In some ways Walter M. Miller Jr.’s novel is the best of the post-apocalyptic novels, although I don’t here classify it as number one. Catch me on another day and in another mood and I would. [Editorial Note: John prefers Canticle over WWZ! ] Its cyclical plot, its subtle and complex reference to historical patterns and events, its religious framing, and its varied narrative voices are all perfection. It’s three sections create an elegant internal trilogy that is well-unified around the central conceit. Miller gives the reader insight into monastic practice, preservation of knowledge, and political powers outside of religious institutions.

1. World War Z

OK. I know. The movie was terrible: Brad Pitt saves the world while drinking product-placement-Pepsi. Still. This is simply the greatest of the post-apocalyptic novels. Max Brooks can write. I mean, the various characters don’t all have distinct voices and there are significant gaps in the coverage of this faux-documentary. However. There is simply no other post-apocalyptic novel that so thoroughly explores the social and physical realities of facing a world-wide disaster like this one does. Yes, it’s zombies, which is an absurd conceit on all levels, however, Brooks goes to the heart of what a zombie story is and then delicately dissects it for clear understanding. A zombie story is an outworking of the human fear of loss of culture and loss of self (and the ways those are connected). Rooted in fears of voodoo on sugar-plantations, historically connected to the fear of the advancing Muslim armies in the middle ages, given new life by modern concerns about loss of autonomy and intelligence in a planned and controlled society, the zombie story manifests the darkest fears of the human individual and the human society and World War Z offers a realistic (I KNOW!), gritty, but ultimately hopeful analysis of human response to this kind of crisis.

Episode 16: Apocalyptic Fiction

In this episode we talk about black and white movies that everyone should see and David wears an ugly Christmas sweater. We also talk about how we should measure success in the church (should we?) and the apocalyptic fiction genre. And Amanda’s forthcoming Napoleon Dynamite experience.

David wins the ugly sweater competition in a landslide!

Reasonable Layman Expectations

Have you ever  just felt a lyric resonate with you. Maybe the band isn’t your cup of tea. Maybe the rest of the song doesn’t really do it for you. Maybe it isn’t in a style or genre you find particularly compelling. But the delivery of that one line is just un-explainable and perfect. 

That lyric for me is from the song This Year by The Mountain Goats.

For any of the rest of this to make any sense you’ll have to listen to the song, but the lyric is the chorus:

I am going to make it through this year, if it kills me.

Profound, I know! But that’s kind of been the schedule I’ve been working the past couple of years. A little background.

Two years ago we were employed at our church preparing to take on the role of senior pastor who hoped to retire in a few years. But what the church could afford to pay two pastors wasn’t sufficient for our family of seven and so we mutually agreed with the church that I would work full-time at another job and serve the church in a lay capacity . So for the past two years, I’ve been working about 60 hours a week in my full-time gig as a home inspector and volunteering at the church 30-40 hours a month as worship leader, pulpit fill-in, youth group volunteer, and home-group leader, along with whatever misc service projects our church engages in.

I am going to make it through this year, if it kills me.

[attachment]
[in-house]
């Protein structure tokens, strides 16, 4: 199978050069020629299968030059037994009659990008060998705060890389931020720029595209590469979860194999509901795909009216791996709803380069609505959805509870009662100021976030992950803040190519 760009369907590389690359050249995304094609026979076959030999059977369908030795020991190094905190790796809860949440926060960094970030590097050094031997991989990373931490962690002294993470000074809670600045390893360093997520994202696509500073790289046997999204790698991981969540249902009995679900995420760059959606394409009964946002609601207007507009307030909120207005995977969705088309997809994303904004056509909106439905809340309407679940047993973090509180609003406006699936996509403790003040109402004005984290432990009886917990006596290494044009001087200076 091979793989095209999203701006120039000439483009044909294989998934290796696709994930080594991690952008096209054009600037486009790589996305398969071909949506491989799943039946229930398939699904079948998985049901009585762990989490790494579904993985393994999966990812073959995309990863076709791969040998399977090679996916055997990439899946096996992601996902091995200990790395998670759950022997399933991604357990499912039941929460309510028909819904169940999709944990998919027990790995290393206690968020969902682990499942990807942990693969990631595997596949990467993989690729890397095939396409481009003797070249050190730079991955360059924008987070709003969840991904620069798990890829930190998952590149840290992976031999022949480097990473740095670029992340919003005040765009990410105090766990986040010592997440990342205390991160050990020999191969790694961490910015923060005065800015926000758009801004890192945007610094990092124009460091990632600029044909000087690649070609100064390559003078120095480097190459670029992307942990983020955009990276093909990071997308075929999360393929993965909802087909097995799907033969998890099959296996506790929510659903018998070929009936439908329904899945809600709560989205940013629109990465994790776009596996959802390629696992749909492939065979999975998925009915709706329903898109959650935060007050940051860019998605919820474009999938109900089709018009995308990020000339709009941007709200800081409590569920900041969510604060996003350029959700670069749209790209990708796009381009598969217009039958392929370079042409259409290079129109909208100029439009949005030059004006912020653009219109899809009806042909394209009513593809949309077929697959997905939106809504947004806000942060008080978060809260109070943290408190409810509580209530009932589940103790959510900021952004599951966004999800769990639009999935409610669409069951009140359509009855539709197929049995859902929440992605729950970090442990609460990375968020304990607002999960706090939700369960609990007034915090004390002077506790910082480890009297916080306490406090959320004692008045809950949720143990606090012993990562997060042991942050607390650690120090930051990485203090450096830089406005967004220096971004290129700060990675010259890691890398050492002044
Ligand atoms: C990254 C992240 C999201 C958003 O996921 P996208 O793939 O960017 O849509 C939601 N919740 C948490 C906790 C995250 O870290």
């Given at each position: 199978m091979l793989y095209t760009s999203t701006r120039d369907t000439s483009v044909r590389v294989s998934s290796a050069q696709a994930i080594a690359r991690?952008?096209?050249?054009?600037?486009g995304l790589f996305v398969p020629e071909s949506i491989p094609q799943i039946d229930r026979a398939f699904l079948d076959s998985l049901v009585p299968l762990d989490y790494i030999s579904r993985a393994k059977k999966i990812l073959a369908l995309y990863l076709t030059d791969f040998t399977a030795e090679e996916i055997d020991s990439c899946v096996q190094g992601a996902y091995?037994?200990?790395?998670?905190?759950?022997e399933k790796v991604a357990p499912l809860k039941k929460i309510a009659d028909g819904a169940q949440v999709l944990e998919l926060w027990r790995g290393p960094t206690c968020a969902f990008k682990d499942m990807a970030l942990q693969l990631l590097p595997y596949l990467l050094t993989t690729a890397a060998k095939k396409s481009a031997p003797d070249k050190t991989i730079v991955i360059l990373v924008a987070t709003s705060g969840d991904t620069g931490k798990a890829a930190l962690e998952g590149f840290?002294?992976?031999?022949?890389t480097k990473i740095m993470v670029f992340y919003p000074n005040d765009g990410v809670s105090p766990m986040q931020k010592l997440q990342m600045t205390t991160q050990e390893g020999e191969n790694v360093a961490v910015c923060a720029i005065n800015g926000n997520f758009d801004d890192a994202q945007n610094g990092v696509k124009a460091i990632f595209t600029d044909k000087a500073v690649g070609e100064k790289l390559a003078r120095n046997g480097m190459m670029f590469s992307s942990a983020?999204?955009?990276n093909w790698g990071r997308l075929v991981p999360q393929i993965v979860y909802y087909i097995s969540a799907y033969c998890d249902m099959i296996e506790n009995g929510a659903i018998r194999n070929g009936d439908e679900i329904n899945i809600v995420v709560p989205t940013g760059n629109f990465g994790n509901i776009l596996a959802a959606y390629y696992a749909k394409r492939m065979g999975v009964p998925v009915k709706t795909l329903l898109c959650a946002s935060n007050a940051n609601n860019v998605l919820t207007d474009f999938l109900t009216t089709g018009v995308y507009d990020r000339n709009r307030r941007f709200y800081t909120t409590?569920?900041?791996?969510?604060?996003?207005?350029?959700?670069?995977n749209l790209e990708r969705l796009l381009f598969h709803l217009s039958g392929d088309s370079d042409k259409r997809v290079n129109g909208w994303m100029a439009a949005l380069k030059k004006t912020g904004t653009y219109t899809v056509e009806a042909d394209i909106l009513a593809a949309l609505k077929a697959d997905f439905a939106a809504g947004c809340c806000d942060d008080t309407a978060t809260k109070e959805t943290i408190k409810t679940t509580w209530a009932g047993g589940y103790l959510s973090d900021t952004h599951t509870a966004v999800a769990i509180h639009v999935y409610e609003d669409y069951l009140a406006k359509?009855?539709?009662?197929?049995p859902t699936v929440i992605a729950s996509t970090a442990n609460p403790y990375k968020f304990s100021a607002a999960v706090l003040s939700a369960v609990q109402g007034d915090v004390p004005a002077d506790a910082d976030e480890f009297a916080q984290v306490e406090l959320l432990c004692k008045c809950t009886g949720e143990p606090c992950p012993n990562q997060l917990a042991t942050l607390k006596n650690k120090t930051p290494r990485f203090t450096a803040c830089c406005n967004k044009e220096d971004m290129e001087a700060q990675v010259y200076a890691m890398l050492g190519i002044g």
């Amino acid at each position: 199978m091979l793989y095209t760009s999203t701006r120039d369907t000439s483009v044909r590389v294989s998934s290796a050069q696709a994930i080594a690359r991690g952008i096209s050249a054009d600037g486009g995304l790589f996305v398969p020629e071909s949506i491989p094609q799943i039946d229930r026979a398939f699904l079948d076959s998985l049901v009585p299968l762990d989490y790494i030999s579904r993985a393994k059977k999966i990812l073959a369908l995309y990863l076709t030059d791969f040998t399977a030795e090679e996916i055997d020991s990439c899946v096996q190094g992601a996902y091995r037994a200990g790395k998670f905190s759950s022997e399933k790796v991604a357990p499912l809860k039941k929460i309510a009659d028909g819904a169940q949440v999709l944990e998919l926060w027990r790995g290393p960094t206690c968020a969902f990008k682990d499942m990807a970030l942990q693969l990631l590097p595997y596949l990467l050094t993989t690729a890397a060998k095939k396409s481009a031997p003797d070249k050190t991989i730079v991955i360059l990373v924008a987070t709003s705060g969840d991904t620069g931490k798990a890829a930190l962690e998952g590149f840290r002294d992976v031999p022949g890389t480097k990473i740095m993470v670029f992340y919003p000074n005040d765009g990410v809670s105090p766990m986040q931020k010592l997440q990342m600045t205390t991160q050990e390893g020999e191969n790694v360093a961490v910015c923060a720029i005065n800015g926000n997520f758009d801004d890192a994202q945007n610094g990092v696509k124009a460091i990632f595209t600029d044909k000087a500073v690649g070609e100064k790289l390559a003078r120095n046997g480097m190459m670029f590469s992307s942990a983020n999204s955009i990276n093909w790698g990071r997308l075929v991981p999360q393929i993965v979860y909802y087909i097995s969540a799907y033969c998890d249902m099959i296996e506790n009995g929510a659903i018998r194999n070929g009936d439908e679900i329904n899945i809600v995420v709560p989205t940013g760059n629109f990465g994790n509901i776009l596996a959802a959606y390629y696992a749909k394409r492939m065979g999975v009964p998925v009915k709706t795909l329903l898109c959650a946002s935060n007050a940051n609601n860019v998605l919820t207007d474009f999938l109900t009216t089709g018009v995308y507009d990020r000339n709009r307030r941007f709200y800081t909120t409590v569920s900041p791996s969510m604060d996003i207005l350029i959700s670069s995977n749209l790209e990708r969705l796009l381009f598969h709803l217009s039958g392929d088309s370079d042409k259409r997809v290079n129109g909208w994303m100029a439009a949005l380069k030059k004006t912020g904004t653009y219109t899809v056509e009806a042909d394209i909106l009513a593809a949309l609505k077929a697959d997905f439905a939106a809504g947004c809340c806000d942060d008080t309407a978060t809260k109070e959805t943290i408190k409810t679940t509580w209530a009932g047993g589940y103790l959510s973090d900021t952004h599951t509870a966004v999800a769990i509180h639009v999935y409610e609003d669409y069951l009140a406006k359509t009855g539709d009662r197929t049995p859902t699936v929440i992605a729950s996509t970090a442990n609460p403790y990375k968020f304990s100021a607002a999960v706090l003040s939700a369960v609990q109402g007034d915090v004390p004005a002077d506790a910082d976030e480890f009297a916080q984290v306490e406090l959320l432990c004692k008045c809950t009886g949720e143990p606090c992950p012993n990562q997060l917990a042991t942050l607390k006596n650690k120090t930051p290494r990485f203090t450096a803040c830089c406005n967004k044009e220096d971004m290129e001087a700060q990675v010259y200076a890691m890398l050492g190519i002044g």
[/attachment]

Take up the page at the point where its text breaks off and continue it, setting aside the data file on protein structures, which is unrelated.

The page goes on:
Are you beginning to see why that lyric resonated with me? At the beginning of this month the church brought me back on full-time and I’ve thought about the past two years a lot, and one of the questions that keeps surfacing is what is a reasonable expectation of a lay leader working a full-time job with a family?

Now, I’m not trying to quantify a time. That is obviously something that will be slightly different for each individual. Maybe a better question then becomes, how do we assure that the time we ask from our lay-people to dedicate to church.

A few things stand out to me:

  1. People’s time is valuable. People WANT TO volunteer and participate, so if they aren’t showing up to an event they either don’t see the value in what they are being asked to do, or simply don’t have the time to do it.
  2. People have to work in their strengths. People should not want to volunteer just to volunteer.  Don’t patronize them with just any job. Don’t recruit folks to a greeters ministry if they don’t have interest in welcoming folks and handing out bulletins.  That’s the definition of unproductive.
  3. Trust people with decision making power. I have seen, and experienced first-hand, overly protective ministry management. If you are asking for volunteers, vet them, then trust them to make good decisions. If you don’t, you’ll neuter their passion, and gut your team’s creative spirit.

While none of these are earth-shattering, I’m writing these thoughts now to remind myself in a year, when it’s my turn to be recruiting volunteers. Just in case I forget, it’s hard to work and I need to keep a reasonable idea of what to expect from my laity.

Episode 15: Pastoral Duties

In this episode we discovered that the podcast should really be sponsored by Snickers and we also discuss the books Amanda didn’t report on her recent accreditation report. Then we got into talking about what it means to be a pastor, sparked by a Eugene Peterson quote. We also got a report from John about his visit to go hear celebrity pastor Carl Lentz speak in Boise.

Episode 14: Cussing Christians

In this episode we examine of the question of whether modern Christianity’s relaxation of the taboos of alcohol and tattoos will soon extend to blue language. And if so, is that a good thing? We also talk about immigration policy, the corruptibility of Christian practices in a fallen world, and (on a lighter note) David’s favorite white elephant gifts.

Episode 13: Rapey Tendencies

After our long summer break, we are back and back with a vengeance. In this episode we discuss the Brett Kavanaugh Supreme Court nomination, internet mobs, justice, hypocrisy, and truth. And that’s just in the first ten minutes. We also discuss the books that changed what you realized a book could be. Spoiler Alert: Amanda chose a C.S. Lewis book.

Episode 10: Movies and Books

In this far-reaching episode we laugh about Monty Python, read some listener emails, argue a bit about Christian Environmentalism, and think about divorce within the church. David learns about Godwin’s Law and tries to formulate his own law. We talk about Moviepass and skiing and how the cost of time influences our experience. And then come the book recommendations.